City of Stratford Says Cyberattack Recovery Takes ‘Days, Not Hours’

It takes “days, not hours” to recover from the recent cyberattack that hit the City of Stratford, this according to the statement released by the City.

Last April 14, the City of Stratford, Ontario announcedthat it was managing of what appears to be a cyberattack. More than a week after the initial cyberattack announcement, the City, in a statement, said that a virus encrypted the City’s data and locked the staff out. “We have now begun methodically unlocking and decrypting our systems,” the City said. “This is a thorough process that takes days, not hours.”

In response to the cyber incident, the City said that it intentionally shut down its IT and email systems to contain the virus and in order to protect the data. Critical services, like emergency services, transit, water and wastewater systems, the City said, are all operational, and that the staff are processing routine transactions manually where they can.

Ransomware Attack

The City of Stratford didn’t mention the particular malicious software (malware) or the type of malware that attacked its system. It only described that a “virus” “encrypted” the City’s data and “locked out” users and it’s currently “decrypting” its systems.

While malware is a catch-all phrase for any type of malicious software, a virus, meanwhile, is a type of malware that spreads by attaching itself to legitimate files and programs and distributed via infected websites, emails or flash drives. A virus is activated when a victim opens the infected file or program.

In the cybersecurity field, a malware that encrypts computer data and locks out users as a result is typical of a malware called “ransomware”. Data encrypted or locked by a ransomware can only be unlocked using the decryption key or keys given by the ransomware attackers and these keys are only given after ransom is paid, typically in the form of cryptocurrency like Bitcoin. The ransom note is displayed on the screen of the infected computer.

In the case of the cyberattack at the City of Stratford, it’s not clear how the City got hold of the decryption key or keys used in decrypting or unlocking the encrypted files, or whether or not ransom was paid to the attackers. It’s also not clear how the malware initially infected the IT system of the City.

In recent years, there has been an increase in ransomware attacks across the world. The closest example of an attack similar to the attack in the City of Stratford is the recent cyberattack on the City of Stuart in Florida. Last April 17, the City of Stuart confirmed that it was managing a cyberattack, in particular, a ransomware attack. Stuart City Manager David Dyess told the TCPalmthat the ransomware called “Ryuk” has locked the City’s servers since last April 13.

Dyess said that the City emergency services, including 911, remain unaffected and that the City will remain disconnected from all networks while it rebuilds its servers and scanning every server in the City and every computer owned by the City to eliminate any viruses on these machines.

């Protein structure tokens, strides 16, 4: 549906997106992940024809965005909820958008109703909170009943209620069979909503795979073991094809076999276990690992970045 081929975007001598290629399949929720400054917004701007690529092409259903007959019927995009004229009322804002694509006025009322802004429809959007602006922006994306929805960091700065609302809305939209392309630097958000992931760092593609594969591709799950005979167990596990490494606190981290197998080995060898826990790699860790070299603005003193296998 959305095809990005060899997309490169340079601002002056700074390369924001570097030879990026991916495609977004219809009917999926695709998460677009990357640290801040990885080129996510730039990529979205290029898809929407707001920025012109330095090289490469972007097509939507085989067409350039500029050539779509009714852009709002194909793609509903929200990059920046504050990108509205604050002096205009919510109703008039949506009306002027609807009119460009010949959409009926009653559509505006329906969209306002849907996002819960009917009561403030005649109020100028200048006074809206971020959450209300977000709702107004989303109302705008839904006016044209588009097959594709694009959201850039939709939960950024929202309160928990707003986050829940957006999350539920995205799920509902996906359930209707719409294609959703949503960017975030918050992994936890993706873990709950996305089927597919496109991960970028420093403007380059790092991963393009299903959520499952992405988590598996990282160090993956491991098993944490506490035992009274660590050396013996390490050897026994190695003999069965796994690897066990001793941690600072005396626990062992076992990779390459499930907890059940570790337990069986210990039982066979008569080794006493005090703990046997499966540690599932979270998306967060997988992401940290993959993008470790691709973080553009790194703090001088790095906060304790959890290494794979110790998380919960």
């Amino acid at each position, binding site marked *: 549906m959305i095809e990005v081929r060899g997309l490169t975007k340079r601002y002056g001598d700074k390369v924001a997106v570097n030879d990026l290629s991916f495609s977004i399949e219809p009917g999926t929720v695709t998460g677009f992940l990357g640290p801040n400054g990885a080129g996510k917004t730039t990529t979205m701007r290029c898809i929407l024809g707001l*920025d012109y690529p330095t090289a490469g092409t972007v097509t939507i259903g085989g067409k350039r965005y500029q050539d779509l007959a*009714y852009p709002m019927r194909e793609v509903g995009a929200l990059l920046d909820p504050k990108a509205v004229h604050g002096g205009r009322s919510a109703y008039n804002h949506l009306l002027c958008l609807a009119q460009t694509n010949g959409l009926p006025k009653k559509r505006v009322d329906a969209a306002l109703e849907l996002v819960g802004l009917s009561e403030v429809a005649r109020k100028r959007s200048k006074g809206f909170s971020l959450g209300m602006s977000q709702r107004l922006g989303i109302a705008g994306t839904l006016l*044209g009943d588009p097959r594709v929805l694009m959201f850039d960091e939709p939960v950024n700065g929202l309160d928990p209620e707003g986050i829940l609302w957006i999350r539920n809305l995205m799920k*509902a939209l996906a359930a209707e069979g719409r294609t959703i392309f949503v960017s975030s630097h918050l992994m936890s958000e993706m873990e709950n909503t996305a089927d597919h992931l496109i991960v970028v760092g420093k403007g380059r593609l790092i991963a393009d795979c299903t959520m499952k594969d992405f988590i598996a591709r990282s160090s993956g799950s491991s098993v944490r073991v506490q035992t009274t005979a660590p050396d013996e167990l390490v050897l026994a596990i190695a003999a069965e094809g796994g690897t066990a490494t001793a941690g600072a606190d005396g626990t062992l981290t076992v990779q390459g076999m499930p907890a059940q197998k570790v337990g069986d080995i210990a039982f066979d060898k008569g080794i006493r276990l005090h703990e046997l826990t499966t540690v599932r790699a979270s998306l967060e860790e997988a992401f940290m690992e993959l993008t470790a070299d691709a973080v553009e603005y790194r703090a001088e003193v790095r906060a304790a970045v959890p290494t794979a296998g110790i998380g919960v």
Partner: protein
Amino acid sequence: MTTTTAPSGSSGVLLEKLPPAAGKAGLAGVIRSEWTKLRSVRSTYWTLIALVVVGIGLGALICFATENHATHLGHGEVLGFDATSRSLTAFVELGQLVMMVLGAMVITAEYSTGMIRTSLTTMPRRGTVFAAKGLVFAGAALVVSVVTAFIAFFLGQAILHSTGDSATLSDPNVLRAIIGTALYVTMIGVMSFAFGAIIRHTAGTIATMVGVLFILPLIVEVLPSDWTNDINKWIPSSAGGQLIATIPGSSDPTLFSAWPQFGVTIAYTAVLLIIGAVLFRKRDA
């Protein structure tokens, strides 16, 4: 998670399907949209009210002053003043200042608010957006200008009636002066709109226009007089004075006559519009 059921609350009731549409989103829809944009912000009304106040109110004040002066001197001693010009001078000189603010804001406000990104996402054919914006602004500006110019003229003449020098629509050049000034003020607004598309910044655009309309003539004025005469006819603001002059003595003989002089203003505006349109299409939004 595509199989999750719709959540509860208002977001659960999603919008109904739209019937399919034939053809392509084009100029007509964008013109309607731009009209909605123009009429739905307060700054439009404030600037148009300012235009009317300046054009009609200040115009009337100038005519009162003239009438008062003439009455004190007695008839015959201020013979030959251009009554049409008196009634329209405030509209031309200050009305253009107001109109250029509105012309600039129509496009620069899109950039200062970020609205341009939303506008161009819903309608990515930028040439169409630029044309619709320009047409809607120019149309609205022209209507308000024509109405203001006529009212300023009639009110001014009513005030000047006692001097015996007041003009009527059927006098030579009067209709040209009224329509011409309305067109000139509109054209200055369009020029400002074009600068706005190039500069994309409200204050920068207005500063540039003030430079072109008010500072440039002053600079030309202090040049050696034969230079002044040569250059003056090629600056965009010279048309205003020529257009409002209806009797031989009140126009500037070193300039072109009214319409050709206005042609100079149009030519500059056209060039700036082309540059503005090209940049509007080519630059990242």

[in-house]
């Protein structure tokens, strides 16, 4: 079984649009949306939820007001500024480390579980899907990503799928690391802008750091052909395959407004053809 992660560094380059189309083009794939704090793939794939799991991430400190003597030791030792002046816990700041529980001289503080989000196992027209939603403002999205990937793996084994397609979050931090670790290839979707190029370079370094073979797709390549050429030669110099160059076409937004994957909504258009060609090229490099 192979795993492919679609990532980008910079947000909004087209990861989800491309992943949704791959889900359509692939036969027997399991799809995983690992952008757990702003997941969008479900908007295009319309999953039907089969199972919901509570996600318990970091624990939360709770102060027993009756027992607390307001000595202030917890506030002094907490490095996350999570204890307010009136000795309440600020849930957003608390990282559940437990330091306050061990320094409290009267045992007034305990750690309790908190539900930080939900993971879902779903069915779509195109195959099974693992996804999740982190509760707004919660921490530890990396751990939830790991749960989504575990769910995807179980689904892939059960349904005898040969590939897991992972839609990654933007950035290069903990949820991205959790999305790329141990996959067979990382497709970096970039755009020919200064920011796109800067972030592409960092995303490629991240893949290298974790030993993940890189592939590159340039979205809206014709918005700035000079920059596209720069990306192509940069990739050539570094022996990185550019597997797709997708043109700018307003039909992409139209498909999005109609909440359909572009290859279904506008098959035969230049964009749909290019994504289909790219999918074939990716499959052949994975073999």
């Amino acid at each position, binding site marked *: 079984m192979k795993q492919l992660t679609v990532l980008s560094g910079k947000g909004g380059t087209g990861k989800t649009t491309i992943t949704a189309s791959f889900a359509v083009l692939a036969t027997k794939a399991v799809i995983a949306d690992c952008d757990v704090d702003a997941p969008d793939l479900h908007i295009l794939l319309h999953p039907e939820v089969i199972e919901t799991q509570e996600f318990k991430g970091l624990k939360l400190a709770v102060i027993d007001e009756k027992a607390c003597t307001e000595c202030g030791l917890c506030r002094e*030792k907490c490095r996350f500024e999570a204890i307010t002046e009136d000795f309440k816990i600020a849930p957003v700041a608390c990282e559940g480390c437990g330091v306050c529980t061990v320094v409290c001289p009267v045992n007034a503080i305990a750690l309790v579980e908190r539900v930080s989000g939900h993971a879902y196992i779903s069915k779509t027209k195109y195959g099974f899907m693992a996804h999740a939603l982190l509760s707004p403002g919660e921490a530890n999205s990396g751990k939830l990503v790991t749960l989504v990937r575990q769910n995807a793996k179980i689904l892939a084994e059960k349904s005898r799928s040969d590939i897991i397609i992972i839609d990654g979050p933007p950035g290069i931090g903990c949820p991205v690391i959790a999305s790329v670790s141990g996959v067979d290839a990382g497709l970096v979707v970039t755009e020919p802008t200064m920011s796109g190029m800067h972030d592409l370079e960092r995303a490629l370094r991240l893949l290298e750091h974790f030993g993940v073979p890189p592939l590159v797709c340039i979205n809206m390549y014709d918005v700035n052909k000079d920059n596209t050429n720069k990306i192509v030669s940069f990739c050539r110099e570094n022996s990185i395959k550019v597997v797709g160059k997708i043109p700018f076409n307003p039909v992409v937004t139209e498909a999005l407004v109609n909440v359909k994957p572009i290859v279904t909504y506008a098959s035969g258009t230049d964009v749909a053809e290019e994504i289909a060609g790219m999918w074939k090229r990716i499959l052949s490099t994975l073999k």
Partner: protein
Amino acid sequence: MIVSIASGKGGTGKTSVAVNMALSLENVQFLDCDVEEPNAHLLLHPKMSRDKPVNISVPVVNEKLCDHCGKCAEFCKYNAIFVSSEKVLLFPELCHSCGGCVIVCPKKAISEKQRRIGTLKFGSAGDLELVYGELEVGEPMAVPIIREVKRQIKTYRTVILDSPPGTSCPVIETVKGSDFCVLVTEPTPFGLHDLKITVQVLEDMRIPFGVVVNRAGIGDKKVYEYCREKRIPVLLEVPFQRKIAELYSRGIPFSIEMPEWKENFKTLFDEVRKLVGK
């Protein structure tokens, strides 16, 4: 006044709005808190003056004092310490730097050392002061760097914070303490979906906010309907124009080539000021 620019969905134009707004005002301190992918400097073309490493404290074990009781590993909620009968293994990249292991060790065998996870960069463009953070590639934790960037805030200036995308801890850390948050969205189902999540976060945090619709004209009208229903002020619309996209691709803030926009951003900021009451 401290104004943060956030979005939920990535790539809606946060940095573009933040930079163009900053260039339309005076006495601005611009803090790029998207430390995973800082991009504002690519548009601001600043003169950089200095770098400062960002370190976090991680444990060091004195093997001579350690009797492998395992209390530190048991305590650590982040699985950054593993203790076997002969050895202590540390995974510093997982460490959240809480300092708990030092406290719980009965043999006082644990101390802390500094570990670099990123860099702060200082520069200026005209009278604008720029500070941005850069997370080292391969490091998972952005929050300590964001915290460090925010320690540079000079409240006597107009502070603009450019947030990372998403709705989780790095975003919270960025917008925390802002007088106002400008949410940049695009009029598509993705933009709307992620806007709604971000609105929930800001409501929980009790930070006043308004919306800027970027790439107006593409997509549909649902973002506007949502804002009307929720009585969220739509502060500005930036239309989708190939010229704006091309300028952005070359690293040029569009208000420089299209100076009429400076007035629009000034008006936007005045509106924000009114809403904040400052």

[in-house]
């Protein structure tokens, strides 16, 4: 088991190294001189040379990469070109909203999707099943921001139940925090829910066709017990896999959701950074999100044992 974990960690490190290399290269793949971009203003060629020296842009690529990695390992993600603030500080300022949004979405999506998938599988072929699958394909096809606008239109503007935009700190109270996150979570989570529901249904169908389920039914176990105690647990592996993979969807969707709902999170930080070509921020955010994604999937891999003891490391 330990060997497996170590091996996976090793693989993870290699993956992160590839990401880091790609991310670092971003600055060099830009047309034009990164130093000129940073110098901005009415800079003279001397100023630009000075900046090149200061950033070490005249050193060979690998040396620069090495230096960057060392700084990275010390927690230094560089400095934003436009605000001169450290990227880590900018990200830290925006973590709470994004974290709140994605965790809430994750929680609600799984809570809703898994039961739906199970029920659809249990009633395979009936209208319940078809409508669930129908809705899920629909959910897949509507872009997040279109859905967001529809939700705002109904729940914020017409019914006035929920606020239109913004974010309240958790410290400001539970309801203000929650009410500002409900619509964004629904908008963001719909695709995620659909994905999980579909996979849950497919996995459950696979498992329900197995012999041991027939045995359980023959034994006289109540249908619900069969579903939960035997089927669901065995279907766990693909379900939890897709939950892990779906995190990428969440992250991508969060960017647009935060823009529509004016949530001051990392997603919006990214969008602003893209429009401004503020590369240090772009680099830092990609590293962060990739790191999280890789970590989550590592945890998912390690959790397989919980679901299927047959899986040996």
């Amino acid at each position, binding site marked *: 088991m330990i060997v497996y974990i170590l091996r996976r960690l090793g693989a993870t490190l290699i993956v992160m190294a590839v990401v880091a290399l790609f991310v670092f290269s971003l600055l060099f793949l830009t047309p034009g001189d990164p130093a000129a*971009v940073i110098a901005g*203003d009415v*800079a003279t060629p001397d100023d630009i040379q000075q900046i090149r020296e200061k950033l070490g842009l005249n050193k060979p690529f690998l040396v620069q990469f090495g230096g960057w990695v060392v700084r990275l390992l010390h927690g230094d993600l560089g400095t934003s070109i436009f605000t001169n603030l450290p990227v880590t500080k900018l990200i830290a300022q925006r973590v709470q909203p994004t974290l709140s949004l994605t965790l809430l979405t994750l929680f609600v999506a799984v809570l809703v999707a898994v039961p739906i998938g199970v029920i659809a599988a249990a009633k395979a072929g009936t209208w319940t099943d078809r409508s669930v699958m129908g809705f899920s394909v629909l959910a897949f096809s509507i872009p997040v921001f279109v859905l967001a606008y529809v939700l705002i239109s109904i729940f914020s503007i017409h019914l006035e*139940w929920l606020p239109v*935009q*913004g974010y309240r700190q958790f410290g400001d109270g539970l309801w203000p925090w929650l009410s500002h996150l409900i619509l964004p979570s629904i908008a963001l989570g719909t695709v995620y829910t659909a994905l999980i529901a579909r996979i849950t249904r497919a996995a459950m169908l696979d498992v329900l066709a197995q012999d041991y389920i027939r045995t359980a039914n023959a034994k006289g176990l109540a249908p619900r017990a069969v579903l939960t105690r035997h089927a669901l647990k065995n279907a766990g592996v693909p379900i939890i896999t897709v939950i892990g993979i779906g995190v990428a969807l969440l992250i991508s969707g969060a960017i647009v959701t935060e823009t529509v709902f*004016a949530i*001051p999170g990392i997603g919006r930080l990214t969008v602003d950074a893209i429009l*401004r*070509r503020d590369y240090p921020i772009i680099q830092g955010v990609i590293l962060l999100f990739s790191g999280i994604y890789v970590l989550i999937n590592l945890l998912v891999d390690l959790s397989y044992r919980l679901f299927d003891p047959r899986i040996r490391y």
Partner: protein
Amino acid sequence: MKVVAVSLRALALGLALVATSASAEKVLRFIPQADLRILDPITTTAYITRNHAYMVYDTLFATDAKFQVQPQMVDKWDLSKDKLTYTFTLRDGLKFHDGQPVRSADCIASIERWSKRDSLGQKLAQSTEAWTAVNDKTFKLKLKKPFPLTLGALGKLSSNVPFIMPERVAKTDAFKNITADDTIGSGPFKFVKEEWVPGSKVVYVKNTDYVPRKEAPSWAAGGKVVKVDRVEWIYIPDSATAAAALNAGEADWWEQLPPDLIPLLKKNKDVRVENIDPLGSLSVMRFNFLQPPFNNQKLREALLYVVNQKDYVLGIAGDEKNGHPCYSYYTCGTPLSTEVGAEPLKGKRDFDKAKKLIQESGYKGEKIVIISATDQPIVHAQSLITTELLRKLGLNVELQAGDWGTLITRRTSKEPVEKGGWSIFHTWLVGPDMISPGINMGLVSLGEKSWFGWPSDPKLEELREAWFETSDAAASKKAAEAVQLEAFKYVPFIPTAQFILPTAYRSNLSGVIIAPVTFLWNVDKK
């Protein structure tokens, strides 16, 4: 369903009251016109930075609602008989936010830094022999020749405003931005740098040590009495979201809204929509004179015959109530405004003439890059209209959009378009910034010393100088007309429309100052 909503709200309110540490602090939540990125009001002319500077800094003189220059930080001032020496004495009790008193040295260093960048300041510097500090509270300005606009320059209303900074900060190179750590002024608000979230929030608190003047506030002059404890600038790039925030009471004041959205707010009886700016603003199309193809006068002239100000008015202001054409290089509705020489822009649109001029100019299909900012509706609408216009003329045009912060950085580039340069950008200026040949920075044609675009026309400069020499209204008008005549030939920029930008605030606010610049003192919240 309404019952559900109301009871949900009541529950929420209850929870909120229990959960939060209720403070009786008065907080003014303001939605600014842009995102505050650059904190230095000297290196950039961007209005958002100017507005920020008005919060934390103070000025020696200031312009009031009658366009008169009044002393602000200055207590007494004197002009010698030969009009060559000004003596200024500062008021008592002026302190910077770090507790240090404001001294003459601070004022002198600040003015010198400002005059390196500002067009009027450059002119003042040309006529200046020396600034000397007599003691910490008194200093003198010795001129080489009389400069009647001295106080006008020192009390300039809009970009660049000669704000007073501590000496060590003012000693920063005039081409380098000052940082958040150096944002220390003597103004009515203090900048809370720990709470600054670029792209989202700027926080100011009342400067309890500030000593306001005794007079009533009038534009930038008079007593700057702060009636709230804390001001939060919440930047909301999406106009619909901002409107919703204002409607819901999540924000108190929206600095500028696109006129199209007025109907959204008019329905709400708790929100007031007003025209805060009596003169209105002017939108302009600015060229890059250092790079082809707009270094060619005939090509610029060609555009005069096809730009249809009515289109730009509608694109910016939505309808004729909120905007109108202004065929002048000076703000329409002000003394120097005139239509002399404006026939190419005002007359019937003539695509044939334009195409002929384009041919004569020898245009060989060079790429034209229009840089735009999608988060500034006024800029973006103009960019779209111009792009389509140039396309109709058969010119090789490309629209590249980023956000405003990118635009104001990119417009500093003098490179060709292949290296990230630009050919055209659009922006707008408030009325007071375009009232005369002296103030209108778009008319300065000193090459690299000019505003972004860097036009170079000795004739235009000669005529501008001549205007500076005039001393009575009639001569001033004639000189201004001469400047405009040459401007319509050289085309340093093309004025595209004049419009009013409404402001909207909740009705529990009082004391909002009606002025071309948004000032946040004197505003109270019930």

Dyess added that the yet to be identified attacker or attackers left ransom notes on the affected computers. He, however, refused to disclose the exact ransom demand but said the attackers want to be paid in the cryptocurrency Bitcoin. Dyess said that the City isn’t negotiating with the attackers as it has a computer backup system.

“If we wouldn’t have had these viable backups, we would probably be in a situation where we had to move into negotiations,” he said. “But with those backups in place, why would we negotiate?”

Cybersecurity Best Practices

Any organization with important data stored on their computer or network is at risk of ransomware attacks. Depending on the level of preparation, every organization reacts differently to a ransomware attack.

As exemplified by the City of Stratford, recovery from an apparent ransomware attack entails the methodically unlocking and decrypting of systems. The City of Stuart, meanwhile, sees no need to unlock and decrypt the infected systems as it has a back-up system to turn to. It’s important, therefore, to back-up important files of your organization so that in case an unfortunate cyber incident occurs, your organization can easily turn to the back-up data, and as a result, your organization can rebuild your systems and ignore the ransom demand of attackers.

It’s also important to note that ransom payment isn’t a guarantee that your organization will get your files back. There have been a number of ransomware cases in the past in which despite paying the attackers ransom, victims were still not able to unlock their files as some ransomware programs are created in such a way that the attackers themselves can’t unlock the files as they themselves have no decryption keys or they are unable to determine to who paid the ransom and who didn’t.

Aside from data back-up, here are some cybersecurity best practices in order to prevent ransomware attacks:

  • Update all your organization’s software and operating systems with the latest patches.
  • Train your organization’s staff not to click on links or open attachments in unsolicited emails.
  • Restrict non-IT staff from installing and running software applications.
  • Use application whitelisting to allow only approved programs to run on a network.
  • Use spam filters to block phishing emails and authenticate inbound email to avoid email spoofing.
  • Configure firewalls to block access to known malicious IP addresses.

Protecting your digital assets can be a challenge. Our security and IT experts are a phone call away. Contact us today to schedule a free consultation at 416-920-3000or send us an email.

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